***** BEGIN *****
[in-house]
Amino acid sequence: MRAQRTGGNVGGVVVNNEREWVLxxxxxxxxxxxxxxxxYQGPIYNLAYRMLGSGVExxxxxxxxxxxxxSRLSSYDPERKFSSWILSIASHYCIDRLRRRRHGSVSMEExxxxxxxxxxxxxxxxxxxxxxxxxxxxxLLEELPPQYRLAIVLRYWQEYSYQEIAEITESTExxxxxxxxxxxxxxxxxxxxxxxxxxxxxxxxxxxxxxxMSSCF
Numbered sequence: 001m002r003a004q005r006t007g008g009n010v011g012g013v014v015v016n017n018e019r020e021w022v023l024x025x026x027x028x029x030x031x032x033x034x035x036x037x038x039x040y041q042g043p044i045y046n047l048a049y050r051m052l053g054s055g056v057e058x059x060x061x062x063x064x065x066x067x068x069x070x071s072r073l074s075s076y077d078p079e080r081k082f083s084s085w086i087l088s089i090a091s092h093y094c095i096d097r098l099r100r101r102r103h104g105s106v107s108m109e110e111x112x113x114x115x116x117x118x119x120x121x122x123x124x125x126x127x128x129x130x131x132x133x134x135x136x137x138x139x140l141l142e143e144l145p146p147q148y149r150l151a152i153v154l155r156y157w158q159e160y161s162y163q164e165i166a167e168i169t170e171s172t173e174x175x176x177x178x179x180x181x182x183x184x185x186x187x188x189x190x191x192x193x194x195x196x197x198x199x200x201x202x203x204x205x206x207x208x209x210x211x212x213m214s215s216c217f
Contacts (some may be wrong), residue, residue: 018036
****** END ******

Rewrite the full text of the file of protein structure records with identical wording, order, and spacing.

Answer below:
[in-house]
Amino acid sequence: MRAQRTGGNVGGVVVNNEREWVLxxxxxxxxxxxxxxxxYQGPIYNLAYRMLGSGVExxxxxxxxxxxxxSRLSSYDPERKFSSWILSIASHYCIDRLRRRRHGSVSMEExxxxxxxxxxxxxxxxxxxxxxxxxxxxxLLEELPPQYRLAIVLRYWQEYSYQEIAEITESTExxxxxxxxxxxxxxxxxxxxxxxxxxxxxxxxxxxxxxxMSSCF
Numbered sequence: 001m002r003a004q005r006t007g008g009n010v011g012g013v014v015v016n017n018e019r020e021w022v023l024x025x026x027x028x029x030x031x032x033x034x035x036x037x038x039x040y041q042g043p044i045y046n047l048a049y050r051m052l053g054s055g056v057e058x059x060x061x062x063x064x065x066x067x068x069x070x071s072r073l074s075s076y077d078p079e080r081k082f083s084s085w086i087l088s089i090a091s092h093y094c095i096d097r098l099r100r101r102r103h104g105s106v107s108m109e110e111x112x113x114x115x116x117x118x119x120x121x122x123x124x125x126x127x128x129x130x131x132x133x134x135x136x137x138x139x140l141l142e143e144l145p146p147q148y149r150l151a152i153v154l155r156y157w158q159e160y161s162y163q164e165i166a167e168i169t170e171s172t173e174x175x176x177x178x179x180x181x182x183x184x185x186x187x188x189x190x191x192x193x194x195x196x197x198x199x200x201x202x203x204x205x206x207x208x209x210x211x212x213m214s215s216c217f
Contacts (some may be wrong), residue, residue: 018036